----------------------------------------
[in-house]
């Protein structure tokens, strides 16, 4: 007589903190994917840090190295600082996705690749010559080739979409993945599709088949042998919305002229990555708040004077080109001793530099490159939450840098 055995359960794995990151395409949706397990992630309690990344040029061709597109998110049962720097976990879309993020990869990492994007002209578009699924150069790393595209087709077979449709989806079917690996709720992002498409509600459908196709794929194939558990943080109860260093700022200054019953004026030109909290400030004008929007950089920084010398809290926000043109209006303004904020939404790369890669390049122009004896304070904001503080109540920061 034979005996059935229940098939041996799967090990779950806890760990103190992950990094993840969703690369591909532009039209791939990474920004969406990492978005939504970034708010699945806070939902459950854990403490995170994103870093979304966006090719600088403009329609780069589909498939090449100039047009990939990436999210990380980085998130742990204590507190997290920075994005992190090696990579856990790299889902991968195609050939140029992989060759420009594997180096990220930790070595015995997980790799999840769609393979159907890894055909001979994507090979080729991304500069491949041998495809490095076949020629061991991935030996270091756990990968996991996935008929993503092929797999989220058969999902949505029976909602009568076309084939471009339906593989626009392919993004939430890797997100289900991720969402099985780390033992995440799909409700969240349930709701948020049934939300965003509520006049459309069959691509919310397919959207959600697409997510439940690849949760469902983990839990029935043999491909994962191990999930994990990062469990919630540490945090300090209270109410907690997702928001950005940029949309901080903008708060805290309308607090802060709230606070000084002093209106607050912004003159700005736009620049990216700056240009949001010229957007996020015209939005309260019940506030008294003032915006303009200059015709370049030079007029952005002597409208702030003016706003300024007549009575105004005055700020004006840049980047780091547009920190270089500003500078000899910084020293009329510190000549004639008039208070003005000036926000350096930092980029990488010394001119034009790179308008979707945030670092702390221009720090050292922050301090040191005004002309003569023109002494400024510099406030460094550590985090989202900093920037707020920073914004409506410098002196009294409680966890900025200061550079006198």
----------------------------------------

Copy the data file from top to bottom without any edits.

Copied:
[in-house]
């Protein structure tokens, strides 16, 4: 007589903190994917840090190295600082996705690749010559080739979409993945599709088949042998919305002229990555708040004077080109001793530099490159939450840098 055995359960794995990151395409949706397990992630309690990344040029061709597109998110049962720097976990879309993020990869990492994007002209578009699924150069790393595209087709077979449709989806079917690996709720992002498409509600459908196709794929194939558990943080109860260093700022200054019953004026030109909290400030004008929007950089920084010398809290926000043109209006303004904020939404790369890669390049122009004896304070904001503080109540920061 034979005996059935229940098939041996799967090990779950806890760990103190992950990094993840969703690369591909532009039209791939990474920004969406990492978005939504970034708010699945806070939902459950854990403490995170994103870093979304966006090719600088403009329609780069589909498939090449100039047009990939990436999210990380980085998130742990204590507190997290920075994005992190090696990579856990790299889902991968195609050939140029992989060759420009594997180096990220930790070595015995997980790799999840769609393979159907890894055909001979994507090979080729991304500069491949041998495809490095076949020629061991991935030996270091756990990968996991996935008929993503092929797999989220058969999902949505029976909602009568076309084939471009339906593989626009392919993004939430890797997100289900991720969402099985780390033992995440799909409700969240349930709701948020049934939300965003509520006049459309069959691509919310397919959207959600697409997510439940690849949760469902983990839990029935043999491909994962191990999930994990990062469990919630540490945090300090209270109410907690997702928001950005940029949309901080903008708060805290309308607090802060709230606070000084002093209106607050912004003159700005736009620049990216700056240009949001010229957007996020015209939005309260019940506030008294003032915006303009200059015709370049030079007029952005002597409208702030003016706003300024007549009575105004005055700020004006840049980047780091547009920190270089500003500078000899910084020293009329510190000549004639008039208070003005000036926000350096930092980029990488010394001119034009790179308008979707945030670092702390221009720090050292922050301090040191005004002309003569023109002494400024510099406030460094550590985090989202900093920037707020920073914004409506410098002196009294409680966890900025200061550079006198």